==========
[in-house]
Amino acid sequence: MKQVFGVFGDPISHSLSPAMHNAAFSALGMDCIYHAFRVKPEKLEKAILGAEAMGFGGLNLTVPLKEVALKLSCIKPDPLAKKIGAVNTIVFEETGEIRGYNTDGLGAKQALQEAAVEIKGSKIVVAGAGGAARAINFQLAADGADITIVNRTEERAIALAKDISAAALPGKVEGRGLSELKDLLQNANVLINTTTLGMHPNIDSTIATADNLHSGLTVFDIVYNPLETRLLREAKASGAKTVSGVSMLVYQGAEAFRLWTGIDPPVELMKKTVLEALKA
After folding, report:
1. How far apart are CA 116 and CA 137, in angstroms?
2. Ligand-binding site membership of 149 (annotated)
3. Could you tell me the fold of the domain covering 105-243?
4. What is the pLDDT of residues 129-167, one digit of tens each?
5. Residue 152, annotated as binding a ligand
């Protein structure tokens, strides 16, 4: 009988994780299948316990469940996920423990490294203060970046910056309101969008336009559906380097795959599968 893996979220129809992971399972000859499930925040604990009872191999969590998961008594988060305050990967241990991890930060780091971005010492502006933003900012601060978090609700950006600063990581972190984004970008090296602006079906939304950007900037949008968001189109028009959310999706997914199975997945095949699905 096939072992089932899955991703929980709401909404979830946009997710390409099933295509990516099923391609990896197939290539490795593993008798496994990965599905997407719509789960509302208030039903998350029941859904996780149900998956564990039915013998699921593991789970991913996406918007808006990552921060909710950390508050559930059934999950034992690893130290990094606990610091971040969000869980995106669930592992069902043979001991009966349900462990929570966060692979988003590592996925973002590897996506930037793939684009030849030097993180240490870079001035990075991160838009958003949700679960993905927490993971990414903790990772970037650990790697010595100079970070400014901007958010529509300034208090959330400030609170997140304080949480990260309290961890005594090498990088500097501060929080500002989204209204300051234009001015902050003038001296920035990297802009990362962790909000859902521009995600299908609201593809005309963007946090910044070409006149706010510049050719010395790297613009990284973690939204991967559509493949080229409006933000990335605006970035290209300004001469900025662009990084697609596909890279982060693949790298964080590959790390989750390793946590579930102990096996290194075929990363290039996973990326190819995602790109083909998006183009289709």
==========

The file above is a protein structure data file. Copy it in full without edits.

[in-house]
Amino acid sequence: MKQVFGVFGDPISHSLSPAMHNAAFSALGMDCIYHAFRVKPEKLEKAILGAEAMGFGGLNLTVPLKEVALKLSCIKPDPLAKKIGAVNTIVFEETGEIRGYNTDGLGAKQALQEAAVEIKGSKIVVAGAGGAARAINFQLAADGADITIVNRTEERAIALAKDISAAALPGKVEGRGLSELKDLLQNANVLINTTTLGMHPNIDSTIATADNLHSGLTVFDIVYNPLETRLLREAKASGAKTVSGVSMLVYQGAEAFRLWTGIDPPVELMKKTVLEALKA
After folding, report:
1. How far apart are CA 116 and CA 137, in angstroms?
2. Ligand-binding site membership of 149 (annotated)
3. Could you tell me the fold of the domain covering 105-243?
4. What is the pLDDT of residues 129-167, one digit of tens each?
5. Residue 152, annotated as binding a ligand
């Protein structure tokens, strides 16, 4: 009988994780299948316990469940996920423990490294203060970046910056309101969008336009559906380097795959599968 893996979220129809992971399972000859499930925040604990009872191999969590998961008594988060305050990967241990991890930060780091971005010492502006933003900012601060978090609700950006600063990581972190984004970008090296602006079906939304950007900037949008968001189109028009959310999706997914199975997945095949699905 096939072992089932899955991703929980709401909404979830946009997710390409099933295509990516099923391609990896197939290539490795593993008798496994990965599905997407719509789960509302208030039903998350029941859904996780149900998956564990039915013998699921593991789970991913996406918007808006990552921060909710950390508050559930059934999950034992690893130290990094606990610091971040969000869980995106669930592992069902043979001991009966349900462990929570966060692979988003590592996925973002590897996506930037793939684009030849030097993180240490870079001035990075991160838009958003949700679960993905927490993971990414903790990772970037650990790697010595100079970070400014901007958010529509300034208090959330400030609170997140304080949480990260309290961890005594090498990088500097501060929080500002989204209204300051234009001015902050003038001296920035990297802009990362962790909000859902521009995600299908609201593809005309963007946090910044070409006149706010510049050719010395790297613009990284973690939204991967559509493949080229409006933000990335605006970035290209300004001469900025662009990084697609596909890279982060693949790298964080590959790390989750390793946590579930102990096996290194075929990363290039996973990326190819995602790109083909998006183009289709």